1905 年 19 巻 219 号 p. en43-en60
In the course of my study of the Formosan flora, I found that there is a very peculiar similarity between the Japanese and Formosan. This rendered me to wonder if there had not existed a land mass between Japan and Formosa; because the similarity of flora is much more affected by the continuation of land than any other physical condition. I have chosen here the Coniferæ as an example, as conifers are a comparatively old type and are restricted in each locality, and therefore, very convenient for the observation of the relation of flora.
Studying the Conifers in the Asiatic flora, I found that the Chino-Japanese flora is naturally divided into two florules i.e.-1) Border Florule, 2) Central Florule. The two originate in North China, one developing in the central part, and forming the Central Florule, and the other developing in the border region and forming the Border Florule.2)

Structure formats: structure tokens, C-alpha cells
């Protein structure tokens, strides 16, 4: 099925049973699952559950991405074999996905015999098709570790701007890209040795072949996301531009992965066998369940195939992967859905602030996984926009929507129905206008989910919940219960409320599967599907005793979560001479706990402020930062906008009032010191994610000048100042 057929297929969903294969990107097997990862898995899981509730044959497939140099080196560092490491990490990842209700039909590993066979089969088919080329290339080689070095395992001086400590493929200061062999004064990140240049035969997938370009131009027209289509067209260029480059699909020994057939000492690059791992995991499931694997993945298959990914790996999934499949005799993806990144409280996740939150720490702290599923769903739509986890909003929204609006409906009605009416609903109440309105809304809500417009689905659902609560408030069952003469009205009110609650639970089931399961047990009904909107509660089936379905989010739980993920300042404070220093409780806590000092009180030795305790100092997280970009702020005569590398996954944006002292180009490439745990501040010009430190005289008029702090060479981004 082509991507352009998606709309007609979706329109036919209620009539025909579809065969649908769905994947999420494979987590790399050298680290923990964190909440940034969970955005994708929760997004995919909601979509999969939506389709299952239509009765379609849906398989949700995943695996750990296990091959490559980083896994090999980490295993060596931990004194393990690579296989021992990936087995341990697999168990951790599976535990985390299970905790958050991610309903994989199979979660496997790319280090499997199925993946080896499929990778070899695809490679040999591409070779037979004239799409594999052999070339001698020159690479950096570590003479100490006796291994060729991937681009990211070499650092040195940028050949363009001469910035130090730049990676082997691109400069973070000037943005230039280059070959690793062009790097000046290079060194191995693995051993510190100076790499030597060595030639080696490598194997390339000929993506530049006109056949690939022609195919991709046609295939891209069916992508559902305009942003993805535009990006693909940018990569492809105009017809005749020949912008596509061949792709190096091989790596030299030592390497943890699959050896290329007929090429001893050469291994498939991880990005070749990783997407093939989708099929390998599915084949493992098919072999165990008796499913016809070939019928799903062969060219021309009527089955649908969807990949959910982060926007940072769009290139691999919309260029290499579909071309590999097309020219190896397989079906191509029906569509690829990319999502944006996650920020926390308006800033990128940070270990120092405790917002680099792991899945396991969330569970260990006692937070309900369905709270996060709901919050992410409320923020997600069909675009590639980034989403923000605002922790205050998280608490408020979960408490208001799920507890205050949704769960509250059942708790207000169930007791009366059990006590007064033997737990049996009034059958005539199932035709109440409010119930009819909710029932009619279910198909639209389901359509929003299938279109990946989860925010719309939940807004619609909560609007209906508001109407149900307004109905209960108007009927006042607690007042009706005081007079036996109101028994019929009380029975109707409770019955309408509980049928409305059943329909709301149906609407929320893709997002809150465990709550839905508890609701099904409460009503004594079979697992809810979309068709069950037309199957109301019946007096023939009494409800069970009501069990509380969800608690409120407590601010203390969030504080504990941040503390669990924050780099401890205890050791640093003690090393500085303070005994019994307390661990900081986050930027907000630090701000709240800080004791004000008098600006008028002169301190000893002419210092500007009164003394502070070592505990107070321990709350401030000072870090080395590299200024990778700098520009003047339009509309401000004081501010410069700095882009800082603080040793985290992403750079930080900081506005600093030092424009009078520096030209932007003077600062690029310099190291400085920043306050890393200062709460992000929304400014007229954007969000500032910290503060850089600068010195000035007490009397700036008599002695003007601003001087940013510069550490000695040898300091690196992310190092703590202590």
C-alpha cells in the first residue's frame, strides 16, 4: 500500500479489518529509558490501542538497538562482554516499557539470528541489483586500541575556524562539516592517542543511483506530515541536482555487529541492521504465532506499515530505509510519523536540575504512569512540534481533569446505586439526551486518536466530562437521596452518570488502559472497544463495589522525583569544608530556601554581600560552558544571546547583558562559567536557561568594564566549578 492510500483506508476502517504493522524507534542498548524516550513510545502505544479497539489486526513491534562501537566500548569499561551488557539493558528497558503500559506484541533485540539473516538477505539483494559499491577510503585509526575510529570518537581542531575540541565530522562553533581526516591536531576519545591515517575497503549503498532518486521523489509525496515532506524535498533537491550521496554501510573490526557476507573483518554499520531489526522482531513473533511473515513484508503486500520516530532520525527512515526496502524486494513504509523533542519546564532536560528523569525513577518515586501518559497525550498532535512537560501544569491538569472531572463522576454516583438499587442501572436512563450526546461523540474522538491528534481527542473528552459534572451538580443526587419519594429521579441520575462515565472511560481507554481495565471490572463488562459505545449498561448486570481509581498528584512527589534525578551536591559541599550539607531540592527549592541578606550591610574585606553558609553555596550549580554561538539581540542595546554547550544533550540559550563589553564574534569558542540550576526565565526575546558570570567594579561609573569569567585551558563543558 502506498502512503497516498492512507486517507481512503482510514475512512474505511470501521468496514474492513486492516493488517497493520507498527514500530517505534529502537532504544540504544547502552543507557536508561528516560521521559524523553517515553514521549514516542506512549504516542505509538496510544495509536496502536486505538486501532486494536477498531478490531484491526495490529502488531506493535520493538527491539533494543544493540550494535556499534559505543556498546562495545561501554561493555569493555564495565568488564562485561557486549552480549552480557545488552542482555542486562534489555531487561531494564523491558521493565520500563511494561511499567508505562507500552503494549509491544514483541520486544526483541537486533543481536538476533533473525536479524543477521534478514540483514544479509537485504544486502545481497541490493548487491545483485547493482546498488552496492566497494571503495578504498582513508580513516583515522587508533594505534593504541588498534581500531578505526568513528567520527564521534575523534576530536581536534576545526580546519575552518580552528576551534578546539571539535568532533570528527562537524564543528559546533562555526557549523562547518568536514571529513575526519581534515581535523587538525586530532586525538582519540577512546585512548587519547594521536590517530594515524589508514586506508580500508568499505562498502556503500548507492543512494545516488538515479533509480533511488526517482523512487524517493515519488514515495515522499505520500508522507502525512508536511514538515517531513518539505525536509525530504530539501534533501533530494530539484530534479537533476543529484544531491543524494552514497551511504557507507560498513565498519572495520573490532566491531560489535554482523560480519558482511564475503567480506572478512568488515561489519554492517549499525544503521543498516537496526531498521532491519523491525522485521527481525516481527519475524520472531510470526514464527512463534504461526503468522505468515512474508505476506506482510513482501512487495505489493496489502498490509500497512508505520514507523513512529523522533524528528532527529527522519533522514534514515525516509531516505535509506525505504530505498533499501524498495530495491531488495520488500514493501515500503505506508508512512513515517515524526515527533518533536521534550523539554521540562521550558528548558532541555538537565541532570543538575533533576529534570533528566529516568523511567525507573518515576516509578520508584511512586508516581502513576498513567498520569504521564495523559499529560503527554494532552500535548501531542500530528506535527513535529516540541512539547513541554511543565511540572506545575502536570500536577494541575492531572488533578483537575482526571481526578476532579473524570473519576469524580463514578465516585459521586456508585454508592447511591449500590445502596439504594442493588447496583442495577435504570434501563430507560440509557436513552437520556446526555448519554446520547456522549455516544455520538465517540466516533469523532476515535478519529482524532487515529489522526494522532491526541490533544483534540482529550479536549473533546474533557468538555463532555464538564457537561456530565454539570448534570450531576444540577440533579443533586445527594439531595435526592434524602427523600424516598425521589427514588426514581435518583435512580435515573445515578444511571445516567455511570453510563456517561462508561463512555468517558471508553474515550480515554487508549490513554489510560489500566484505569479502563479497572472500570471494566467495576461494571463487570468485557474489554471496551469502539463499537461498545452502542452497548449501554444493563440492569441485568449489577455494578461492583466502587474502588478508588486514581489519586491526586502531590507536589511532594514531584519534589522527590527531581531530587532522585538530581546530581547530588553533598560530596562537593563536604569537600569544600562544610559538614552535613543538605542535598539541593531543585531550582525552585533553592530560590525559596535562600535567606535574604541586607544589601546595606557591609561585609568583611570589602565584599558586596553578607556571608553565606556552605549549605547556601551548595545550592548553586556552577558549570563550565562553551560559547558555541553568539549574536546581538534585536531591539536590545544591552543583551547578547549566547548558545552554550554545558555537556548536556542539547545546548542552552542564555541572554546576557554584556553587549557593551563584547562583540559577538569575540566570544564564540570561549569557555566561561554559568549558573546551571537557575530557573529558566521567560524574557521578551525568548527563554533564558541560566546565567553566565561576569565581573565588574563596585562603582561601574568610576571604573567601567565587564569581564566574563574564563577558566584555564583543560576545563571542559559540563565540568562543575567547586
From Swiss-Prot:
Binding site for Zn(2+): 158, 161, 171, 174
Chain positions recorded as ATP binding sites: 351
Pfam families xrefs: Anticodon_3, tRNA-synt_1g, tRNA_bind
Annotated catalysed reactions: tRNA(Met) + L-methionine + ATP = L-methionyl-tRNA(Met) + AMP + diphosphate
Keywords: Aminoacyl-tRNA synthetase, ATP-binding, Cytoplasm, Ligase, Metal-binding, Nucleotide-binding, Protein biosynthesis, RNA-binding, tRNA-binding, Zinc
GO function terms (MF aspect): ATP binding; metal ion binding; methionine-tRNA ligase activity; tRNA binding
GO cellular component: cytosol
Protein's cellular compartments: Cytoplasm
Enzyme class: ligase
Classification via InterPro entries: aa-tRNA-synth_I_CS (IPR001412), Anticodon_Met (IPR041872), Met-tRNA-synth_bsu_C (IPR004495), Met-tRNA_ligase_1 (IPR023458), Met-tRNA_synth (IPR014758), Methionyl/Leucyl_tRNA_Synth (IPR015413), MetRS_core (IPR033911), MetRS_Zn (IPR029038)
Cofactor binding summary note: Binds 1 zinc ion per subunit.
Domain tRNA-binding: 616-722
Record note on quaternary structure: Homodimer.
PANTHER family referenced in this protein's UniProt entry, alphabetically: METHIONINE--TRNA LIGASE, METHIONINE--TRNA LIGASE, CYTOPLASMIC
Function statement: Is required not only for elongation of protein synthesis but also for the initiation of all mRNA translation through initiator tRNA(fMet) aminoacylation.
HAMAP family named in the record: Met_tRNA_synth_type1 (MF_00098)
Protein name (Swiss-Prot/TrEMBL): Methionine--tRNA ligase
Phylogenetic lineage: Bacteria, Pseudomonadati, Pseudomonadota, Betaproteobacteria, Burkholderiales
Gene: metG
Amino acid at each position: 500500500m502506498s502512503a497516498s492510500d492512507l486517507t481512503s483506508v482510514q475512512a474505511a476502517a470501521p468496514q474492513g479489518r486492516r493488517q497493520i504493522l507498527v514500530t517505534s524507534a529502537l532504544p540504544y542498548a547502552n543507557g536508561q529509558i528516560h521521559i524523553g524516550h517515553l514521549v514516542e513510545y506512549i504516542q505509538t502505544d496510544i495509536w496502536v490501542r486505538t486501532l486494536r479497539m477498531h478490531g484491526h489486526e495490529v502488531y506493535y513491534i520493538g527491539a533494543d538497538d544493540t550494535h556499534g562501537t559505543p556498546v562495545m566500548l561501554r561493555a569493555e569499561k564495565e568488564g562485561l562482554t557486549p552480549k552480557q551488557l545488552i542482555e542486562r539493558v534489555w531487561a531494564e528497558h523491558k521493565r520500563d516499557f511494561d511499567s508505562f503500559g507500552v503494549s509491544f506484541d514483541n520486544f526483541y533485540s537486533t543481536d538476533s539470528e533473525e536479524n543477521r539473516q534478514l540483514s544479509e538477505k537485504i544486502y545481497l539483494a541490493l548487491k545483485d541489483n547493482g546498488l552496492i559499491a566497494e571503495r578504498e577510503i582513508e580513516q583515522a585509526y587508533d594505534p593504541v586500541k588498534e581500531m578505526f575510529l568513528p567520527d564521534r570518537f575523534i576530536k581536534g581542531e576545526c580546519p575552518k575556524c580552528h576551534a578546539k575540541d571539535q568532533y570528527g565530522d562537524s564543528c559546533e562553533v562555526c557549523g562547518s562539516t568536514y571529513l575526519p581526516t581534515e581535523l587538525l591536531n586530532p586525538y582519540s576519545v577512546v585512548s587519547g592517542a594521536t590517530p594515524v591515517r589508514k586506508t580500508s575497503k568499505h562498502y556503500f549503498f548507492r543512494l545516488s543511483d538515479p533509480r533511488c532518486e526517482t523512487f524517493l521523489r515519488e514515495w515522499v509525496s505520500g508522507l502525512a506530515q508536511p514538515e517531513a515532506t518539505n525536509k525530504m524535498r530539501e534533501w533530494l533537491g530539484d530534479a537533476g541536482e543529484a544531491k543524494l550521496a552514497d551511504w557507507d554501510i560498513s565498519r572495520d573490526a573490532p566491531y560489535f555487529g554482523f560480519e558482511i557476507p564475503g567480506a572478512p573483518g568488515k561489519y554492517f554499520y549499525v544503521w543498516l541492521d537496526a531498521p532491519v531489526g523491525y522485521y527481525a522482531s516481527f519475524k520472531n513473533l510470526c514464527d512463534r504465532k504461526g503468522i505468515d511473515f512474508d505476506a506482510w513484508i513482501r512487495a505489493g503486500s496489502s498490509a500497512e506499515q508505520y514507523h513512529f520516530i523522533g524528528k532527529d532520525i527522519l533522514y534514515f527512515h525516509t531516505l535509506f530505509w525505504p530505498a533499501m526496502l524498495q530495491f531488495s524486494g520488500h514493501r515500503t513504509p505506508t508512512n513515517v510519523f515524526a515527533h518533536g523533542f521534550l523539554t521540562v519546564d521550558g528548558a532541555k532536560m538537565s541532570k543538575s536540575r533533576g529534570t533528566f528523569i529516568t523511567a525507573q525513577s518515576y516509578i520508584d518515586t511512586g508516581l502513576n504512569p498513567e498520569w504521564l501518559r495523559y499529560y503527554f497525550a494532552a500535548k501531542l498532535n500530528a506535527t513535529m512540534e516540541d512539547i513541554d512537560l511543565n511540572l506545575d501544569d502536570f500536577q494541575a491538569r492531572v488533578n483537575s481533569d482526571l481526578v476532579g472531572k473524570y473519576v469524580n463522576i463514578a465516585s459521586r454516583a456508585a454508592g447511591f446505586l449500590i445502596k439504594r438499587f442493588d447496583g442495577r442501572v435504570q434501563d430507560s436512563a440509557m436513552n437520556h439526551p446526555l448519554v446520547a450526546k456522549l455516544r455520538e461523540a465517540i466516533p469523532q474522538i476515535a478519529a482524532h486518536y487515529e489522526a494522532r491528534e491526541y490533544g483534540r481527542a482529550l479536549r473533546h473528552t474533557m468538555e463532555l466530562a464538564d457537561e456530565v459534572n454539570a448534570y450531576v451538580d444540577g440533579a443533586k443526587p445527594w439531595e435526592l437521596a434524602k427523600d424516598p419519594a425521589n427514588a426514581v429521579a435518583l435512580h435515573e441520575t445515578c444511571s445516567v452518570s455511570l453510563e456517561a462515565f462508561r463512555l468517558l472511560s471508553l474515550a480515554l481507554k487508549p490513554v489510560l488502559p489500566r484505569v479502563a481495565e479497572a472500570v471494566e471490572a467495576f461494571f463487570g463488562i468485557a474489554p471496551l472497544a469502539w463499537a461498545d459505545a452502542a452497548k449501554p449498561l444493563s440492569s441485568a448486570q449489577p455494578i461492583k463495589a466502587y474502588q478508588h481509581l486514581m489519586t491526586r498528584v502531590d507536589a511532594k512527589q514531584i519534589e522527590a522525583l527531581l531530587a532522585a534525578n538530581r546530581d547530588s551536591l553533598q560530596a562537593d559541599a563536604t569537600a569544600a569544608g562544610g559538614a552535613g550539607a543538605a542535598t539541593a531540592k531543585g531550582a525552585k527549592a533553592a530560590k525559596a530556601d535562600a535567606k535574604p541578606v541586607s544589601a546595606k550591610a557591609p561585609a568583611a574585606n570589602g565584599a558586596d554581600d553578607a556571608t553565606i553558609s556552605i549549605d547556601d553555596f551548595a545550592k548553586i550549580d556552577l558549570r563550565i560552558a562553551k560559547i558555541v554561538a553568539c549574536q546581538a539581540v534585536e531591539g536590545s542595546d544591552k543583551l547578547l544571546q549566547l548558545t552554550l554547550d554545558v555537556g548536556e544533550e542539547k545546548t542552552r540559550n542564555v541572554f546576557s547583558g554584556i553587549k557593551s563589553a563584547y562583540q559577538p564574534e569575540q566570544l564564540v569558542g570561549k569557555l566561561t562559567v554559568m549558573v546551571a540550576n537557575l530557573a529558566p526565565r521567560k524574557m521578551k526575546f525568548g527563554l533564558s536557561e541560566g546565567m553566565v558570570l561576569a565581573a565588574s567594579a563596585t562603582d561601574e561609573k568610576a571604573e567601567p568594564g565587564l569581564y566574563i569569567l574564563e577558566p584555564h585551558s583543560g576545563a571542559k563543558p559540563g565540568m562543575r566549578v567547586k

I found also that the conifers of Formosa are much more similar to those of Japan than those of Central China, and I have come to the conclusion, from the botanical point of view, that there must have been in existence a land mass between Japan and Formosa. Geologists are also inclined to have the same opinion.
Lastly I made a few remarks about the origin of the Chino-Japanese Flora to which the Formosan belong. Taking into account the relation of the fossils to living plants, and that of the distribution, I was led to think that their origin is some polar regions or North America.